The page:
Orhan Pamuk, winner of the Nobel Prize in Literature in 2006, is one of Turkey’s most popular authors and well-known for novels like The White Castle, The Black Book and My Name is Red. With more than 13 million sold copies and translated into more than 60 languages, Pamuk is Turkey’s best-selling author. In addition to his authorship, Pamuk holds a professorship at the Columbia University of New York where he teaches writing and comparative literature.
The Art of Fiction is taking us on a unique journey through Orhan Pamuk’s oeuvre, with a special focus on his critically acclaimed novel The Museum of Innocence. In 2012, Pamuk established a museum in one of Istanbul’s backstreets, exhibiting objects from the fictional love story between the elderly businessman Kemal and his young lover Füsun. This inimitable museum was awarded with the 2014 European Museum of the Year Award. Fascinated by the exciting connection between the novel’s fictional universe and the foundation of a museum displaying the novel’s artefacts, British director Grant Gee created the documentary Innocence of Memories in collaboration with Pamuk himself. The documentary premiered at the 72nd edition of the Venice Film Festival in 2015 and portrays the special, intense and seductive atmosphere Pamuk tried to create in both his novel and in the museum.
The documentary will be launched for the Norwegian audience at Vika Kino on May 23rd. Screening times are 5.30pm and 8.00pm.
Following the 8.00pm screening, you will have the opportunity to witness Orhan Pamuk and Grant Gee in an Artist Talk, hosted by Jørgen Lorentzen. Following the 5.30pm screening, director Grant Gee invites us to a Q&A.
Buy tickets for the 5.30 pm-screening here.
Buy tickets for the 8.00 pm-screening here.
About Innocence of Memories
Director: Grant Gee, 2015, UK, 97min, English without subtitles
This hypnotic film revolves around the Turkish winner of the Nobel Prize in Literature, Orhan Pamuk and his seductive masterpiece The Museum of Innocence from 2008. The story about the obsessive love affair between businessman Kemal and his much younger lover Füsun is told by Kemal after Füsun dies in a car accident. Kemal’s love for Füsun is pure obsession, and whenever he can’t be near her for different kinds of reasons, he starts collecting objects reminding him of her. Based on his fiction, Pamuk created something real and definite: The Museum of Innocence (public opening in 2012) – a museum displaying all the objects, Kemal collects in the novel.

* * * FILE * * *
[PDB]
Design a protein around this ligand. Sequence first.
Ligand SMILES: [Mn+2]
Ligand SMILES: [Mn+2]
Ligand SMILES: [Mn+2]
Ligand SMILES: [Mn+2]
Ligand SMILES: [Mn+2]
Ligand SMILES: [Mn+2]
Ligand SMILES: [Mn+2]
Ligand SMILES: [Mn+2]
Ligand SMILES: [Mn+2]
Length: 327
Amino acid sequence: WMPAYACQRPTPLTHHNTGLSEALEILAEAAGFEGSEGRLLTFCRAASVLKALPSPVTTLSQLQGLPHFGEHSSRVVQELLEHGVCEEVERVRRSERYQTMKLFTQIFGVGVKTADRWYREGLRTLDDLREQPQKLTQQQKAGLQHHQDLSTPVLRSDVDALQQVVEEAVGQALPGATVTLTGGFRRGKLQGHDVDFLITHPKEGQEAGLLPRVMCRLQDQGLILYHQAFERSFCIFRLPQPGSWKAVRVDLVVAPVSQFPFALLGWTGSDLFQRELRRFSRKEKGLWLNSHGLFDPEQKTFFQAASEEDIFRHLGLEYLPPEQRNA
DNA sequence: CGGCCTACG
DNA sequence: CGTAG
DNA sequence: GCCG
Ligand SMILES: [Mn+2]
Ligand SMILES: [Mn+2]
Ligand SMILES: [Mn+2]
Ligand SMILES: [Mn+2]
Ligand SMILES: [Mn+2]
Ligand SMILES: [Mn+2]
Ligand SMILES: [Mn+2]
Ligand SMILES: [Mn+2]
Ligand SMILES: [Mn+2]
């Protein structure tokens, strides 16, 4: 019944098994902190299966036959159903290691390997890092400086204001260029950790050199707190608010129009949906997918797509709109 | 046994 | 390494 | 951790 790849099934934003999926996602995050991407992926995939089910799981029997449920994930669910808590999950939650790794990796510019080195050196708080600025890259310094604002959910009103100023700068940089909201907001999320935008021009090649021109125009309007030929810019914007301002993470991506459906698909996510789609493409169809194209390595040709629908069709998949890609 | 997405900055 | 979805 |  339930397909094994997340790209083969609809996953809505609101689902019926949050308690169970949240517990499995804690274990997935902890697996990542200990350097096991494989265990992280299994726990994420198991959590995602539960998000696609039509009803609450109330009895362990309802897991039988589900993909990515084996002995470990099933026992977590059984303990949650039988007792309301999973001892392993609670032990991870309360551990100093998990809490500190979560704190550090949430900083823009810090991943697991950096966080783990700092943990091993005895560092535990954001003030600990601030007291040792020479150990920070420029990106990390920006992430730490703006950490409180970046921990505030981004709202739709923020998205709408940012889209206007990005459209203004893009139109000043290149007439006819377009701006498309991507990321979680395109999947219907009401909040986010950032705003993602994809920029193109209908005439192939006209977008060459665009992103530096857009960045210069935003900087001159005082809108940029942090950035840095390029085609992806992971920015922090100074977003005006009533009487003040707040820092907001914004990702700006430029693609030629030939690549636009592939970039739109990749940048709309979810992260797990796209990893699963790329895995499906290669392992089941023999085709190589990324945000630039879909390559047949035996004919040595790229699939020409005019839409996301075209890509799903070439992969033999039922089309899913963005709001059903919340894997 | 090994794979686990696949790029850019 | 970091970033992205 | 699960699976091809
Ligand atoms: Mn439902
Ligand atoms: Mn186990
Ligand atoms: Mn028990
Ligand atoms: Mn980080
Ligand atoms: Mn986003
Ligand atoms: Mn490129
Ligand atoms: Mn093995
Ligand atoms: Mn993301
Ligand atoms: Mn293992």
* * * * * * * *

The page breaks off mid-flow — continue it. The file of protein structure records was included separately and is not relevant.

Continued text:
Grant Gee’s alluring and contemplative documentary takes us on a journey through Pamuk’s mystical world between fiction and reality; Gee shows us the Bosporus, Istanbul’s narrow backstreets, a collection of cigarette butts with traces of Füsuns lipstick, TV-screens in telephone booths, where Pamuk was giving interviews about the book and the museum; we hear Kemal’s and Füsum’s voices talking about passion, eroticism, undulating feelings, betrayal, grief and distance.
The core of this project was an exhibition curated by Selene Wendt. The exhibition comprises 29 showcases from The Museum of Innocence in Istanbul. Every showcase displays carefully arranged objects, referring directly to certain chapters in the novel The Museum of Innocence, and is supplemented with historical video clips, family portraits, sound components and an interactive video presentation of Orhan Pamuk’s notebooks, full of texts and watercolors. The exhibition can be visited at the Museum of Cultural History (Kulturhistorisk museum) from May 22nd to Oct. 15th 2017.
On the opening day, 22nd of May, Orhan Pamuk will be talking with Selene Wendt about the project at the Museum of Cultural History.
Furthermore, Orhan Pamuk will be visiting Litteraturhuset on May 24th, where he will be talking with Helge Jordheim, professor of Cultural History and Museology at the University of Oslo. Find further information about the event and tickets here.